Given the rising cost of debt on the continent, there is the need for governments to adopt an all hands-on-deck approach which will explore all options such as the debt suspension programmes and other initiatives to tackle the situation, the 2021 Africa’s Pulse report has said.
The World Bank report urges governments on the continent to strengthen collaborations with the international community to address liquidity and sustainability issues especially as the COVID-19 pandemic has led to unsustainable debt in several Sub-Saharan African countries.
To bring about immediate relief, the World Bank says governments eligible for the Debt Service Sustainability Initiative (DSSI) and Common Framework for Treatments beyond the DSSI, should take advantage of them, as these two policies specifically address debt standstills and relief in response to the COVID-19 shock.
The DSSI framework suspends debt service payments to bilateral official creditors for eligible countries during a certain period. According to the World Bank, the DSSI-eligible countries in Sub-Saharan Africa would save up to US$ 5.1 billion during the period of May-December 2020 and US$4 billion during the period of January-June 2021.
Commenting further on why it is necessary for government to consider the move even though it is of short term in nature, Financial Advisory Leader, Deloitte Ghana, Yaw Appiah Lartey, said it would free up some revenue for government to undertake important projects and provide avenue for macroeconomic strictures to be improved.
“If Ghana fails to take advantage of the DSSI, the country could lose the opportunity to get some liquidity in the short term to support social, health and economic spending required to support the proposed economic recovery. This could potentially lengthen the expected recovery period post-COVID-19.
We call on government to open up the discussion on this all important matter and take a decision quickly to ensure that the economy does not grind to a halt.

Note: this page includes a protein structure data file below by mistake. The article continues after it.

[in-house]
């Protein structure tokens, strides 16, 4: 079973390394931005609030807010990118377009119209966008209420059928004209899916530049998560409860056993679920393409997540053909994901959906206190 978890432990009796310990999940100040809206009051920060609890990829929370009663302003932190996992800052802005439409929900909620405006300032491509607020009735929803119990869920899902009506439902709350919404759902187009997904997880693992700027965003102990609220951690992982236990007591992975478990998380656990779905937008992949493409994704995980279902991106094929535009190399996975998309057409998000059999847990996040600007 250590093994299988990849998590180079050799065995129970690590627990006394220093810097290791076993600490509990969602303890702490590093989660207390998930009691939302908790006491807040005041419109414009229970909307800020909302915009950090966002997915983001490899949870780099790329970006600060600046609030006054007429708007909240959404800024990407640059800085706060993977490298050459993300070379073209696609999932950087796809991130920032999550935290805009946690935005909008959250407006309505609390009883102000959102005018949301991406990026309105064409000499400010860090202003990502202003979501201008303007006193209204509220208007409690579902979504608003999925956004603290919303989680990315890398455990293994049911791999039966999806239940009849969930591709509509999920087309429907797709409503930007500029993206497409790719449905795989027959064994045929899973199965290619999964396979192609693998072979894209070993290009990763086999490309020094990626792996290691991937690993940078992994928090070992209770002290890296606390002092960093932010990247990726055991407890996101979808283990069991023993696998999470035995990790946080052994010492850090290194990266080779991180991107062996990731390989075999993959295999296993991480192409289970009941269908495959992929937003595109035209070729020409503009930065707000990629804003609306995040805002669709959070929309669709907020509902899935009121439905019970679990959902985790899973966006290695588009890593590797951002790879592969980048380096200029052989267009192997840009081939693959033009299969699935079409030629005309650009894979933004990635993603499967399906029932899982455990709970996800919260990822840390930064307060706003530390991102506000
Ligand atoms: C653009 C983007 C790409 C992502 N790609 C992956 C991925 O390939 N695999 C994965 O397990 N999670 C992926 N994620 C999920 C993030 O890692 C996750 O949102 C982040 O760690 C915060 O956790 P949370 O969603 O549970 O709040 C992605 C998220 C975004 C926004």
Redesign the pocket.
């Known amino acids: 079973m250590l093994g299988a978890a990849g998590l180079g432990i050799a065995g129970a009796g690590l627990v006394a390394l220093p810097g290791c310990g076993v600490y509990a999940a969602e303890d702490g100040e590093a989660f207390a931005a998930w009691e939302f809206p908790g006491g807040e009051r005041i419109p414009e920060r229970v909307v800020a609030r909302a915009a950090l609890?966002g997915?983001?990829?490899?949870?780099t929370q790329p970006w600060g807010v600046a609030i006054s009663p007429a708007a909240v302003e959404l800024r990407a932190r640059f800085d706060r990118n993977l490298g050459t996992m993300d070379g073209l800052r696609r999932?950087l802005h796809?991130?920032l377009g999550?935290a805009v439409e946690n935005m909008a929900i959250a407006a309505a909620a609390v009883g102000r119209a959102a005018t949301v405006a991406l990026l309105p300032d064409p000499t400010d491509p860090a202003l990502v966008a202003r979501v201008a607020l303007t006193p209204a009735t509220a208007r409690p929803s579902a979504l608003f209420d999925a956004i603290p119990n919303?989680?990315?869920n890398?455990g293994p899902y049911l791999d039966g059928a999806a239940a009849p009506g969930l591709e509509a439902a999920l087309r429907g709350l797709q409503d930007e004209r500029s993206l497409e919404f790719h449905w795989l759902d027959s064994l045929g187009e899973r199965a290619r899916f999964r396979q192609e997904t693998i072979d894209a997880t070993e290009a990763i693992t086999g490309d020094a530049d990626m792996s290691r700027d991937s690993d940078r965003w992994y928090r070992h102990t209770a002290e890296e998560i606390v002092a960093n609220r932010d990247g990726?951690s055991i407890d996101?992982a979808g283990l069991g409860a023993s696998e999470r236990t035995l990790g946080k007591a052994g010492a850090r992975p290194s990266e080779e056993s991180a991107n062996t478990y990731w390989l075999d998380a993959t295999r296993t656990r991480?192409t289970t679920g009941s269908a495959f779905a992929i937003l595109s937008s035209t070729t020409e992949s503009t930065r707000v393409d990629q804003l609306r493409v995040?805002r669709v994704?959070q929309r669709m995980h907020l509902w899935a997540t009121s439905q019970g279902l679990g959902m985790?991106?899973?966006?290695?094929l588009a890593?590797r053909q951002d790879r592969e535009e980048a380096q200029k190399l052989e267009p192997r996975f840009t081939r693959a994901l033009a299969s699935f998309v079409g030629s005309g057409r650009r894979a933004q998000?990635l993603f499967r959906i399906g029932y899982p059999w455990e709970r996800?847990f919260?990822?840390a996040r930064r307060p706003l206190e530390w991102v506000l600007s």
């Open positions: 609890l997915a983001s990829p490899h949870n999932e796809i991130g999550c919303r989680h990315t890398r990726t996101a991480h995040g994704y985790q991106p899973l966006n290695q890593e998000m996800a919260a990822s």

Editorial: Kudos AGA
News that the Obuasi Mine has among others provided motorcycles for Improvement Supervisory Officers (SISO) and others of the Ghana Education Service to do their work over the period is very encouraging.
To this end educational authorities in the Obuasi East and Obuasi Municipalities have reiterated their commitment to ensuring that basic schools achieve a 90 per cent pass rate in the basic school exams by the end of the year, working in partnership with AngloGold Ashanti Obuasi Mine
The Obuasi Municipal Director of Education, Mrs. Regina Teni Musa Mumuni, speaking at the end of a two-day ‘School Improvement Supervisory Workshop’ for some selected educational authorities in Obuasi noted that the platform provided has brought significant improvement in their work. observed that the efforts made by Obuasi Mine, over the last three years, to ensure effective teaching and learning are already yielding some positive outcomes
We salute and encourage the Mine not to relent on its oars and urge others to emulate this example to help improve educational standards in areas that they operate in.